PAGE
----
Inflation seems to be appearing everywhere for small businesses. Contractors have seen the cost of lumber increase in excess of 200% over the past year. Dramatic increases in freight rates from Asia are increasing costs to retailers, while spikes in wheat, coffee, sugar, soybeans and corn are driving up costs to restaurants and families alike. At the same time, increases in the cost of gasoline and natural gas mean that transporting goods and providing on-site services is getting more expensive. Surging customer demand means that small businesses have largely been able to pass these costs on to consumers, but continued increases could have a negative effect on growth.
Fortunately, much of the inflation pressure currently in the market is temporary. The Coronavirus disease (COVID-19) caused significant disruptions to the supply chain, creating shortages of certain raw materials and component parts. At the same time, the pandemic caused consumers to delay certain purchases and rethink how they spend money. As the pandemic ends, consumers are making up for lost time, traveling, eating out, buying clothes and shopping for their homes where they may be spending more time as more work is done remotely. Given these changes in consumer spending, it will take time for the supply chain, which scaled back significantly at the start of the pandemic, to bounce back and meet demand. However, over the course of the next year, the supply chain will rise to meet demand and much of the inflation will subside.
The important role the global supply chain is playing in inflation
Given that so many of the raw materials and finished goods that U.S. small businesses source are produced abroad, the health of the global supply chain is of particular importance. In March, the U.S. trade deficit widened to its largest point ever, emphasizing the extent to which U.S. business depends on overseas production. Given recent supply chain disruptions, rising import tariffs and concerns surrounding intellectual property theft and worker treatment in foreign manufacturing facilities, many American small businesses are now looking for domestic production alternatives.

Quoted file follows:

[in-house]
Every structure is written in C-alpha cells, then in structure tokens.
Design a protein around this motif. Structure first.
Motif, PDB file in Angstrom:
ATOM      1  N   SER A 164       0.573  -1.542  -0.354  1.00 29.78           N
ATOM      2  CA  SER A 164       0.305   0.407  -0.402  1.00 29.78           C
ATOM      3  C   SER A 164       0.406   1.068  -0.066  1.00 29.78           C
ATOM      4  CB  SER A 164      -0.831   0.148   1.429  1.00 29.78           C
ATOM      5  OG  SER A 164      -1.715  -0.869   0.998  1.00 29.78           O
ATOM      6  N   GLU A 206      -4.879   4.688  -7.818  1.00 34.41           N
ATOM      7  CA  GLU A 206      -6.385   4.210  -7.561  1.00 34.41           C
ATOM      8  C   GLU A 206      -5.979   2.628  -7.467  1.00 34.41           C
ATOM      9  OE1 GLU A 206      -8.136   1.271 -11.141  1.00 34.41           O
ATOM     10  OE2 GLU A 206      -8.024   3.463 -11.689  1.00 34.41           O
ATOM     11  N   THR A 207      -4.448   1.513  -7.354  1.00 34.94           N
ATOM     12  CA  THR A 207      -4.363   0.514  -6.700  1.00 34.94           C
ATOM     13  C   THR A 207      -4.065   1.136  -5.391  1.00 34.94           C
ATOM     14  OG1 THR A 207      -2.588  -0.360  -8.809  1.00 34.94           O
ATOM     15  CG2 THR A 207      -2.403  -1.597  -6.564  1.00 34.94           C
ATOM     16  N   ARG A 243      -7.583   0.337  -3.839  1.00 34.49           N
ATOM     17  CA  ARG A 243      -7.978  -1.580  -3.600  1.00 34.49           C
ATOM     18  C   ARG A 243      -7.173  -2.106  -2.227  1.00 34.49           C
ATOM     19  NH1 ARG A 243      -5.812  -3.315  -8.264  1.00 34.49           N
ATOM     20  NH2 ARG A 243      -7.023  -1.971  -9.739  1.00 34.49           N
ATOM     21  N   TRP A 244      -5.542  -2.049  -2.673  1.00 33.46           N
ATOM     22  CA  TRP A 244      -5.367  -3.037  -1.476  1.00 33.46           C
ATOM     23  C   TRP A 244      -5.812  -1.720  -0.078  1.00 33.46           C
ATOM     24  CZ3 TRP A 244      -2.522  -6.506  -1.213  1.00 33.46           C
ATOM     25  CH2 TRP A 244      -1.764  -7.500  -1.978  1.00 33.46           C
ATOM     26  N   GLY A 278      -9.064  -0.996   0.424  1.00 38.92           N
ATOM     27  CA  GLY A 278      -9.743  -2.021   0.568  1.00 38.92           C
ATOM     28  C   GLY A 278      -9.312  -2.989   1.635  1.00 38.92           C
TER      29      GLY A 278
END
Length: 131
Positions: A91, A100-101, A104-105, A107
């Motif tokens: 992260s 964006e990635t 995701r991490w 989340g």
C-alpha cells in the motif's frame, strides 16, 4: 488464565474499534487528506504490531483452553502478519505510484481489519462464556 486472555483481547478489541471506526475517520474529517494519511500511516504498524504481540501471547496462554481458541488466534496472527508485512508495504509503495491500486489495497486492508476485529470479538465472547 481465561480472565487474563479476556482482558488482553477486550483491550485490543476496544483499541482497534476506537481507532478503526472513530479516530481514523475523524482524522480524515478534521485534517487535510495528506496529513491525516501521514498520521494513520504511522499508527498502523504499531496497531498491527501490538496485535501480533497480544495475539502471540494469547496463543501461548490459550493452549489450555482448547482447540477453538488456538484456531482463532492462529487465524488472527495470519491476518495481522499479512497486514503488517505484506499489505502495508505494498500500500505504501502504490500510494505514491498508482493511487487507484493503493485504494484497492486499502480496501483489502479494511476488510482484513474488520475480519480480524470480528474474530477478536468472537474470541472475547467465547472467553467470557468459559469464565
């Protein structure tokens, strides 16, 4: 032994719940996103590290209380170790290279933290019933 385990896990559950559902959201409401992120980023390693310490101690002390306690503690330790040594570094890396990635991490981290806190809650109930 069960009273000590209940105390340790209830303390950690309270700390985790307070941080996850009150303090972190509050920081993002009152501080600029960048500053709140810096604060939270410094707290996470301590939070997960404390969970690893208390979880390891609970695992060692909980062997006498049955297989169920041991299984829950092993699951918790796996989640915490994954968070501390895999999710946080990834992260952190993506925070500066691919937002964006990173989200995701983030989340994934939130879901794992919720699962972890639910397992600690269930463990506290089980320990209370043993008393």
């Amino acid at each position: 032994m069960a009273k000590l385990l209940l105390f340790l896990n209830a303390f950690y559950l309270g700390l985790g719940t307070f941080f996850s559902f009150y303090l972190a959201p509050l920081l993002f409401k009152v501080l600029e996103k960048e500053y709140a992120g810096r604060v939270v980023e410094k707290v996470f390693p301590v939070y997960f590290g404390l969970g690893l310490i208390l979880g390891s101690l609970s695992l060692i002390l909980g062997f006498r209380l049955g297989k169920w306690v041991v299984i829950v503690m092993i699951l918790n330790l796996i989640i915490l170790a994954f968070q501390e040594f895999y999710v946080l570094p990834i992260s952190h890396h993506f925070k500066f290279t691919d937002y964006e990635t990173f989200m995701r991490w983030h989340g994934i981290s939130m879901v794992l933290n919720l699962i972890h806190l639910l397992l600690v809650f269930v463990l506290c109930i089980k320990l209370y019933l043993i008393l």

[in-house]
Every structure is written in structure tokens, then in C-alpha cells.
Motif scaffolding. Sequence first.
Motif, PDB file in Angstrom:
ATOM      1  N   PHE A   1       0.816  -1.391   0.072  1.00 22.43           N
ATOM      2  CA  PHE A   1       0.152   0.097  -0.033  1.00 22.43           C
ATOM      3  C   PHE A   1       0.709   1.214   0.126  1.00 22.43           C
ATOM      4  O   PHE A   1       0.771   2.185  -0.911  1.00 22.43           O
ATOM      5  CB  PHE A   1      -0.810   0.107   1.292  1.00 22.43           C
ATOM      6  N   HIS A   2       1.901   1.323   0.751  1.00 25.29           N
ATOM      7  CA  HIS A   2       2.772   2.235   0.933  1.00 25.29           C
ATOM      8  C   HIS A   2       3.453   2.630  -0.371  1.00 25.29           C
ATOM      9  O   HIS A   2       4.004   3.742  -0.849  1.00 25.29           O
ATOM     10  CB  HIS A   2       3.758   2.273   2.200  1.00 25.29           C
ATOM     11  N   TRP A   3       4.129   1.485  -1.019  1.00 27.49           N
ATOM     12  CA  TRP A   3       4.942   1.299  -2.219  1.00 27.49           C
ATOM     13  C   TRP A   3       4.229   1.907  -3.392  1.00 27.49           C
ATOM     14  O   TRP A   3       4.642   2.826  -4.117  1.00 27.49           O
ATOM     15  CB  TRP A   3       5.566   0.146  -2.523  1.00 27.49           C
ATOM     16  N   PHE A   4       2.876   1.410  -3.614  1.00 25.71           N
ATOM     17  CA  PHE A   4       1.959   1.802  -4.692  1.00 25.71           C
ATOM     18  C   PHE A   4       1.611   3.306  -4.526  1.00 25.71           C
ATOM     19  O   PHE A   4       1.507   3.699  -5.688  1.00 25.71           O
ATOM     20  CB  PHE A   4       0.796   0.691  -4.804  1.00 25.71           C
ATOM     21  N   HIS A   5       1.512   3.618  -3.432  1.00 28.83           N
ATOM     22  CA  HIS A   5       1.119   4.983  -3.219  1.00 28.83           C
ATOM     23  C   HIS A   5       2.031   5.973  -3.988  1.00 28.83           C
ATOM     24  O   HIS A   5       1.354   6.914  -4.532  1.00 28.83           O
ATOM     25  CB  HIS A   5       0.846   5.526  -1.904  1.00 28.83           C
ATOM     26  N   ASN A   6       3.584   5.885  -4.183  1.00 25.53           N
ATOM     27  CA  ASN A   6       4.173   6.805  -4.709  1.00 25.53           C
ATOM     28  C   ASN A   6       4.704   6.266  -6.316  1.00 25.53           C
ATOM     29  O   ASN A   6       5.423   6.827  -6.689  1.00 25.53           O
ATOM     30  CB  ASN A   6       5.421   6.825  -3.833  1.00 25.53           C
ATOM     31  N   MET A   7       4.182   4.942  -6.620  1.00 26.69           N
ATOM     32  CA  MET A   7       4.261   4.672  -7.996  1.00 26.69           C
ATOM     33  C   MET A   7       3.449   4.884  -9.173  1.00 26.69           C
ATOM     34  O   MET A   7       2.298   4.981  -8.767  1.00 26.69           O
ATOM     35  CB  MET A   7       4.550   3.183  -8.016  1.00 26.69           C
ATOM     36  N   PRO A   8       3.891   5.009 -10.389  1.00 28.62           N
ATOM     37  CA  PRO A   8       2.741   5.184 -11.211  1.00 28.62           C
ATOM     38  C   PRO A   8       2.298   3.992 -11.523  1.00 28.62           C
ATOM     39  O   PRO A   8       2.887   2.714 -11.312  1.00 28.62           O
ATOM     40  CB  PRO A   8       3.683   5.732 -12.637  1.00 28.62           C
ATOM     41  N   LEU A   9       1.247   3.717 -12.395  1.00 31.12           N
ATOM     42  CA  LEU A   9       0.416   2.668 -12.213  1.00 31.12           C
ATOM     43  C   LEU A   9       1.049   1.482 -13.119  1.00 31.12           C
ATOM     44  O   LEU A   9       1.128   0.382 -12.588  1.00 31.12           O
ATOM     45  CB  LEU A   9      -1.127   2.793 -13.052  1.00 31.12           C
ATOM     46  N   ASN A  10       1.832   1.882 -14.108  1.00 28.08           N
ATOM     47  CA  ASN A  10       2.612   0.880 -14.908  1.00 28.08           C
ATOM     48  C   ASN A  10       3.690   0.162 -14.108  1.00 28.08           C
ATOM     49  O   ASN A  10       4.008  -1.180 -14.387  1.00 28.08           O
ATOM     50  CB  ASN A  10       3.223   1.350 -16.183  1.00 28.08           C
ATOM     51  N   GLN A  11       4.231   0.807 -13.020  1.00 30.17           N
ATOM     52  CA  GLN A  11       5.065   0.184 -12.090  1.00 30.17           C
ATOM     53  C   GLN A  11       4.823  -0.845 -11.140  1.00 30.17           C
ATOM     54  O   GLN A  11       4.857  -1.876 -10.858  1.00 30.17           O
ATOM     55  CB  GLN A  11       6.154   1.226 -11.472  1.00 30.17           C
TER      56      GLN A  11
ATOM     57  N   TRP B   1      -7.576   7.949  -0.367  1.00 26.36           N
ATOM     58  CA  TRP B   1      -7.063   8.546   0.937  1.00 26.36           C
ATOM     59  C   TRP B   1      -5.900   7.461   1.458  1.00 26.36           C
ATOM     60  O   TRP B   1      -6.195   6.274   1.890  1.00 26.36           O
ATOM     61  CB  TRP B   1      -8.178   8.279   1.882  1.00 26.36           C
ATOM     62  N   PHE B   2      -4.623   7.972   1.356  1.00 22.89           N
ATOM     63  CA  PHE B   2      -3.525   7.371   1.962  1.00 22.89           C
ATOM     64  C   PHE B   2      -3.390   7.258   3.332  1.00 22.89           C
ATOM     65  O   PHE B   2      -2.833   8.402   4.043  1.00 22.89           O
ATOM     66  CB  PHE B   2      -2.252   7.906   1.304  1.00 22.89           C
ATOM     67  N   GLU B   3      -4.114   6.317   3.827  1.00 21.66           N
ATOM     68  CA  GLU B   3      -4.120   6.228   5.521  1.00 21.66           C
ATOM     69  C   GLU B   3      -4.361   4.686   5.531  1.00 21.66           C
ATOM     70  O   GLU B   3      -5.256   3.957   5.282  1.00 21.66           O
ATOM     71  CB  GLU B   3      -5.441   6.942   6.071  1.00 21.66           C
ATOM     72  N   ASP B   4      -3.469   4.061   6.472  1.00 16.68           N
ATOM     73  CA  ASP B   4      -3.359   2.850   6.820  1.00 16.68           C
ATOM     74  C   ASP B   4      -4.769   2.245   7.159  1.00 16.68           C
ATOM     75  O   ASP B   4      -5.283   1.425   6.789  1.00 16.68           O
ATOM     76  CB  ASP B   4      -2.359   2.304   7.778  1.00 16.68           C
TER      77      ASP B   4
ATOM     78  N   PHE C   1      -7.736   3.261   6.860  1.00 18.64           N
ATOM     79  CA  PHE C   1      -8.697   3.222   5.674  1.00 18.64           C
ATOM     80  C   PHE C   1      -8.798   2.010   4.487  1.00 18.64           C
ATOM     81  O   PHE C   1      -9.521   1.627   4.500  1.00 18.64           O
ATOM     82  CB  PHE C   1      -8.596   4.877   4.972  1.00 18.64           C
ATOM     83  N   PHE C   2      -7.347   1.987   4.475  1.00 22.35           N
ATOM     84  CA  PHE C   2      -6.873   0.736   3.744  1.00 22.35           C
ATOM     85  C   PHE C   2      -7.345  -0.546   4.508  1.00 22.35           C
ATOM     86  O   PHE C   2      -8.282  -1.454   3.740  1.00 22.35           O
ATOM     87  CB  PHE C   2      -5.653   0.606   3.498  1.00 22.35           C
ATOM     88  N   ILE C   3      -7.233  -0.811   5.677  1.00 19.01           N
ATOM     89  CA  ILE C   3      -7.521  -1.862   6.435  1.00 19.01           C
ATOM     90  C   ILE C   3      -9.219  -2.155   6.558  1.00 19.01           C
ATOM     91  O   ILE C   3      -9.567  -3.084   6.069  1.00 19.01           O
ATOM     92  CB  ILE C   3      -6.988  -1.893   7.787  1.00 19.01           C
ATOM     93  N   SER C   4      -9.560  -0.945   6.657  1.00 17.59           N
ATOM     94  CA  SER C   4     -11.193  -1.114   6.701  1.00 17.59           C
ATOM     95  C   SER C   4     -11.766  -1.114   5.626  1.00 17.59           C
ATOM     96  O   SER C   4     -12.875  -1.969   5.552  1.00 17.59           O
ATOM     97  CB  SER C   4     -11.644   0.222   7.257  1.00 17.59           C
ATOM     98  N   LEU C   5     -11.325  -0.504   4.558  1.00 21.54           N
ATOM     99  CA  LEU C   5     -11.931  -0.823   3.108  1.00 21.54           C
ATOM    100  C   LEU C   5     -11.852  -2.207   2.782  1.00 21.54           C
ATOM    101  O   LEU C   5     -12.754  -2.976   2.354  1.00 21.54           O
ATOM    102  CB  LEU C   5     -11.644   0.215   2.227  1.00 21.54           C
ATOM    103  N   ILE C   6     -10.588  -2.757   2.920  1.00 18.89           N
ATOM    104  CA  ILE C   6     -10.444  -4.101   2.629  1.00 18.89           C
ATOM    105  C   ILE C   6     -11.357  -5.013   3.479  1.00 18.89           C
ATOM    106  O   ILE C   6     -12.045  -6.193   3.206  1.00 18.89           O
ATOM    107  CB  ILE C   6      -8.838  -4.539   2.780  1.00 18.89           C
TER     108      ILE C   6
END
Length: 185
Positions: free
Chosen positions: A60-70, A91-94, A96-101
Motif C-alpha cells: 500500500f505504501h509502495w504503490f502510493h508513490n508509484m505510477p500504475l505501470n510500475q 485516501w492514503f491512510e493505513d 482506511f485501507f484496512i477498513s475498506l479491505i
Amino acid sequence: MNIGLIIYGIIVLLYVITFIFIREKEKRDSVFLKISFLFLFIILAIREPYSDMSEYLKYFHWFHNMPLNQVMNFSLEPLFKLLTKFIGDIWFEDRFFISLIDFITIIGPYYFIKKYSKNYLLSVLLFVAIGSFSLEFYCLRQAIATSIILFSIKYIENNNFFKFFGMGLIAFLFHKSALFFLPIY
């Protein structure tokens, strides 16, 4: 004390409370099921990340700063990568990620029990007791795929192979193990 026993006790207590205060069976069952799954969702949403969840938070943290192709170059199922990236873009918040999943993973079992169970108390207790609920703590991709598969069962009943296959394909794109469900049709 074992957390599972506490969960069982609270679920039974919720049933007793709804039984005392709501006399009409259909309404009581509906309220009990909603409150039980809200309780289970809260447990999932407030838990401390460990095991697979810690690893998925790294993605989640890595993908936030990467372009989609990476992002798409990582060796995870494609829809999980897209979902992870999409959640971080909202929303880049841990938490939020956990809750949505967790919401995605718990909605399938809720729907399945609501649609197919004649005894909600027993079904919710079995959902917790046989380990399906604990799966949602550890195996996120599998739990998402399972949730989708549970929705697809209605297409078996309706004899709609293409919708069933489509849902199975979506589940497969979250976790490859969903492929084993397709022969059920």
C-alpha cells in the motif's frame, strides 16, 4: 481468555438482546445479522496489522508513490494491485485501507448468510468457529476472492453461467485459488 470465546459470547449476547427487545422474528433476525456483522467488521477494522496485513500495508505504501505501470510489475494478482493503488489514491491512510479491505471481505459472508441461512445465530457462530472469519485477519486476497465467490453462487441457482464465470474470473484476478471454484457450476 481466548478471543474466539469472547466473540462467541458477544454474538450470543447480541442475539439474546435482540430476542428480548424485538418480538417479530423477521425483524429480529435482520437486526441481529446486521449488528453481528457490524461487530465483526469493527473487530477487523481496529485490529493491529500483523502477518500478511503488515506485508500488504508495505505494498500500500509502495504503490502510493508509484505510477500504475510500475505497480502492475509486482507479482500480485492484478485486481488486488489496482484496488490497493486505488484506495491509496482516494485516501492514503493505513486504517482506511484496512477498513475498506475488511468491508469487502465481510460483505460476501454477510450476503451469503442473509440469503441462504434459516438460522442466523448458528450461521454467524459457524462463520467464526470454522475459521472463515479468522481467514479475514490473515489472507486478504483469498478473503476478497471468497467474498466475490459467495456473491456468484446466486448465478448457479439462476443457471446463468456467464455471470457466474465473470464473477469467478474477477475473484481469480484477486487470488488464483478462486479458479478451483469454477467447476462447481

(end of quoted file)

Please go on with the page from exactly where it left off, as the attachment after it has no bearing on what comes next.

How consumer spending is impacting inflation and supply chain challenges
The April 2021 retail sales report from the U.S. Census showed a large year-over-year increase in sales, as much of the country was in some stage of lockdown during April 2020. However, comparing April 2021 to March 2021 were less clear. Spending in April increased significantly at restaurants and bars as more Americans received vaccinations and local restrictions on gatherings were lifted. Auto dealers also saw large month-over-month gains as did electronics retailers and health and personal care stores, indicating consumers desire to travel, host and invest in themselves.
Interestingly, spending on clothing and general merchandise, building materials and home furnishings, while up considerably year over year, fell month over month. These categories will be important to monitor going forward as an indicator of how consumer spending has changed in a post-pandemic world. Prices in most, if not all, of these categories have increased year over year, some such as automotive and building supplies by wide margins, so pricing may be beginning to impact demand.
What businesses can do to protect themselves financially
Given the current environment, U.S. small business should review their dependencies on imported goods and research domestic alternatives. In many cases domestic production may seem cost prohibitive, but it is important to weigh the cost of potential disruption, lag times and intellectual property security in this equation. It is also worth exploring the potential value of being able to confidently say “made in America” or “ethically sourced” when selling your product and whether customers will pay more for this knowledge.
Originally Appeared Here